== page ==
So, what about you? Are you an avid reader? And how do you read a reference book that you own? Carefully, marking each paragraph of interest? Do tell.

Related Posts:

http://www.brainpickings.org/index.php/2012/08/31/how-to-read-like-a-writer/

http://www.brainpickings.org/index.php/2012/01/09/best-books-on-writing-reading/

http://aegisbiz.net/wp/blog/2012/11/29/5-writing-tips-from-laini-taylor/

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27 responses to “The Link between Reading and Writing

  1. I love this! I too read cereal packets or posters in the doctor’s waiting room if nothing else is available. My biggest fear is running out of reading material on holiday. I instantly link up to all the libraries and bookshops in any area I happen to move to. I simply cannot understand people who say they are too influenced by others and therefore avoid reading – how wishy-washy must your style be to allow that to happen (even after editing)?

    • Thank you. Wishy washy or just lazy? No idea, but it makes no sense to me. And I never run out of reading matter even on holiday – especially now I have the Kindle. I make sure it’s loaded at all times. And I have loads of books and access to the library. wonderful.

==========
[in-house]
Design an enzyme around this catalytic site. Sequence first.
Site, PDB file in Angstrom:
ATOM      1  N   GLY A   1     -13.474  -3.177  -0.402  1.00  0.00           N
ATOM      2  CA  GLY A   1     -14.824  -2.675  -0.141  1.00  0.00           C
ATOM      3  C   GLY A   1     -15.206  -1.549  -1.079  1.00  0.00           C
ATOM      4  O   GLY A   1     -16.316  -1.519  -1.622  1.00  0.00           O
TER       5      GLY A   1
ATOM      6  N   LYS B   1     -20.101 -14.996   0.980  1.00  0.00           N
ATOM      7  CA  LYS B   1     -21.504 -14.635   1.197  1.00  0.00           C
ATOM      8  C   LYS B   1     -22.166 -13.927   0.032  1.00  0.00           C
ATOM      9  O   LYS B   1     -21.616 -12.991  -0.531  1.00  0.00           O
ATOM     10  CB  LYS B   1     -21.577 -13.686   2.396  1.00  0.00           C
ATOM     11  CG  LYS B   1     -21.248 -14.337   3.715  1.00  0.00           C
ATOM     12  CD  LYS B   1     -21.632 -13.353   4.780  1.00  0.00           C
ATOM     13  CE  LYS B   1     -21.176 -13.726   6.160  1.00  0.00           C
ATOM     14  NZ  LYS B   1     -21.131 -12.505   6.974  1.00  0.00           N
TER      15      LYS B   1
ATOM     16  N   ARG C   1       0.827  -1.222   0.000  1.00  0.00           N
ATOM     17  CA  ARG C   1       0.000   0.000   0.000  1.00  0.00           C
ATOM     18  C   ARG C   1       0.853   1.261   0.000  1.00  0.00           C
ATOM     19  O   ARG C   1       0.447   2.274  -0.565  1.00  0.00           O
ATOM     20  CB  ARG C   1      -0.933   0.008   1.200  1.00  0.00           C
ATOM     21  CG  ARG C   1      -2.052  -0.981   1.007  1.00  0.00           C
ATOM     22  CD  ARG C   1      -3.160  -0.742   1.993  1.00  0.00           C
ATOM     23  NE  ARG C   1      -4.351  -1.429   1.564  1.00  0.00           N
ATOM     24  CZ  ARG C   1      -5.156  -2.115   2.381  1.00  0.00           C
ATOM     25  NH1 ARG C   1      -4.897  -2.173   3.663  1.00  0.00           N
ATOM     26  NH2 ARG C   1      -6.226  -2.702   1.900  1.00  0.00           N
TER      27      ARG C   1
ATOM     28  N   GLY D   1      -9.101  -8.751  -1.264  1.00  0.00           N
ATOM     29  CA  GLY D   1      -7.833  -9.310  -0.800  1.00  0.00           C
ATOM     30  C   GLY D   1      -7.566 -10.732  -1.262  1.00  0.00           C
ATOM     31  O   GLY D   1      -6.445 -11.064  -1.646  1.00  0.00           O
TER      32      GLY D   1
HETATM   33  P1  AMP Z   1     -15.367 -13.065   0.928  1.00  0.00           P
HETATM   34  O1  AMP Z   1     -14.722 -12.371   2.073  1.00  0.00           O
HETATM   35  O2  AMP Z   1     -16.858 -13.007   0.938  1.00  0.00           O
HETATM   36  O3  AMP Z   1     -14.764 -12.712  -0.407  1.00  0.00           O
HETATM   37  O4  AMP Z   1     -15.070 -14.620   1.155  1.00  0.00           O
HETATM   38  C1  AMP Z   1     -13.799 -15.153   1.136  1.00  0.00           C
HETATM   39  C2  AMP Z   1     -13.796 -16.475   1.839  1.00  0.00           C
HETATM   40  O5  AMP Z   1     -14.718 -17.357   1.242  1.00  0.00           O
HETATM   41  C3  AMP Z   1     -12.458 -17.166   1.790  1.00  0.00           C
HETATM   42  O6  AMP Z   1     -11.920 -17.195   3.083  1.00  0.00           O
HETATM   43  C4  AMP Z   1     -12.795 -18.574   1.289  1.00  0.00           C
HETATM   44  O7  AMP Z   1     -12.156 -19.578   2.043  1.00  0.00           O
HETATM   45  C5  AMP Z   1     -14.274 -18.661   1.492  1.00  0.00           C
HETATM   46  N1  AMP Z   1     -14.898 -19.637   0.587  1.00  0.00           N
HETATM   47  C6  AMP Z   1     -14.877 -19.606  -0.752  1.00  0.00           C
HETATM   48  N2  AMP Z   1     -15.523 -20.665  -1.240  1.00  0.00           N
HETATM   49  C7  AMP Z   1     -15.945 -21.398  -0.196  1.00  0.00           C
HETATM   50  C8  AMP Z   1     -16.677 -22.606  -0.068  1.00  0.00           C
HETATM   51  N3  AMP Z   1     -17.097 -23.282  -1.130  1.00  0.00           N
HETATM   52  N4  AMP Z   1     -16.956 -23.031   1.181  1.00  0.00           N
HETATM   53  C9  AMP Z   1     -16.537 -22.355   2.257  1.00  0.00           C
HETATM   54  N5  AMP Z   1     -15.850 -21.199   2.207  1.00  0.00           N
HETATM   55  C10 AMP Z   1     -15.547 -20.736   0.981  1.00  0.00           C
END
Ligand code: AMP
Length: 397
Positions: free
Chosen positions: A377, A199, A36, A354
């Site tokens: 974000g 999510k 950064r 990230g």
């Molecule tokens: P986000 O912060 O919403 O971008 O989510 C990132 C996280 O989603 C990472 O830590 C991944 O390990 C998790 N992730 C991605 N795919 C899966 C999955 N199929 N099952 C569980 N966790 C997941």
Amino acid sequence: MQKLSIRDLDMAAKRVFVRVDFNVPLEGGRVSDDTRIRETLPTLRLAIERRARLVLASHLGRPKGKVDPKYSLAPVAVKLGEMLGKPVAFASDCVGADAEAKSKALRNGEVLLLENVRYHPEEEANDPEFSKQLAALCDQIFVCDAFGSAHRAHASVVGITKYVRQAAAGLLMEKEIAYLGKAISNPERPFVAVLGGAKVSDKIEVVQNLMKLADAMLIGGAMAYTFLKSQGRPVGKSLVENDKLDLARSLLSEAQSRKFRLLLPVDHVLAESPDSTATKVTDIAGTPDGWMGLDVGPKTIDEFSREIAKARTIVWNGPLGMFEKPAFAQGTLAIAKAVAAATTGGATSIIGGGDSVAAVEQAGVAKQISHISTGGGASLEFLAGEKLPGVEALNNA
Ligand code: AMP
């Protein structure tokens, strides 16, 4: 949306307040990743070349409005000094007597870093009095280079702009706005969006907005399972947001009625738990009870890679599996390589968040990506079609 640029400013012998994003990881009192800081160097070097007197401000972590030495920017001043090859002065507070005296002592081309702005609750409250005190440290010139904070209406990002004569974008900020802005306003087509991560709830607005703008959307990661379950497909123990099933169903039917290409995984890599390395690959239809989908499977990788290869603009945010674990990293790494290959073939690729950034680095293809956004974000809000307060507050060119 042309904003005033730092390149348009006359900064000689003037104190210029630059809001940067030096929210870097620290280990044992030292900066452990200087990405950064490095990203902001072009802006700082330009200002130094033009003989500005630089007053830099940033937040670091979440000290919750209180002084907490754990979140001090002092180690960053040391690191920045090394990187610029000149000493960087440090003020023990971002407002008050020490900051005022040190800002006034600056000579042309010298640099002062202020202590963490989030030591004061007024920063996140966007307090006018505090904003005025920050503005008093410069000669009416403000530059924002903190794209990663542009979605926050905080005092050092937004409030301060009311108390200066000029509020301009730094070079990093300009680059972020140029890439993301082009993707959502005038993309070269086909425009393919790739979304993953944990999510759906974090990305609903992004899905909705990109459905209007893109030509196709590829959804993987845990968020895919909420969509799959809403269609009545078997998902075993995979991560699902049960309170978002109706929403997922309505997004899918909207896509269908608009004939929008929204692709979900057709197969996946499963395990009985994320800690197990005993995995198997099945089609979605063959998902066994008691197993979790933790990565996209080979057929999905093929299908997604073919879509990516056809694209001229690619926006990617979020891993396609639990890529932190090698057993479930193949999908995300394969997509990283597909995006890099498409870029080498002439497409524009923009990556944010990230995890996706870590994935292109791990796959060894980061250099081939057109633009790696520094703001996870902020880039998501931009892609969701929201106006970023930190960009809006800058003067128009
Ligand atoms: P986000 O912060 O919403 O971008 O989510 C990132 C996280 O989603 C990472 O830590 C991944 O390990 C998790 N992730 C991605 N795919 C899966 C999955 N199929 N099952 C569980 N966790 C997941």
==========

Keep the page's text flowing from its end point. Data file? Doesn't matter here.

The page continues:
2. How funny, I was planning on writing a post about this very subject myself. When I first started writing – properly – I stopped reading. I have read for as long as I can remember. I have written stories for as long as I can remember. Books are one of the items I can not live without. Yet for some strange reason I thought reading other people’s work whilst writing was wrong. I have no idea why. I can understand the fear of being influenced too much by other’s, but some influence is not a bad thing. How often have you struggled to find the perfect word, only to read it an hour later somewhere else? How often have you been reading someone else’s story only to have an idea (completely unrelated) about your own? Reading keeps the inspirational juices flowing, and whilst there will always be footprints of the books we read in our work, if our writing voice is strong enough, it will only enhance rather than detract.

    • Yay! Of course reading enhances your writing. How else are we to learn, to expand our horizons, to realise what we could do with those tools of words?
      We have to keep reading. That’s not relaxation, that’s part of our equipment when we write. :-D

  3. Reading is the food of the imagination. I try to gorge myself everyday.

  4. I’ve always read and i’ve been writing for the majority of my life. I couldn’t imagine doing one without the other (although, like Kirsten, I read less when I write more). I have heard a few writers say they never read and even one who insisted they never had, stating they get all they need to know from Soap Operas… surprisingly their books weren’t as bad as you’d expect, so I don’t know what to believe on that one.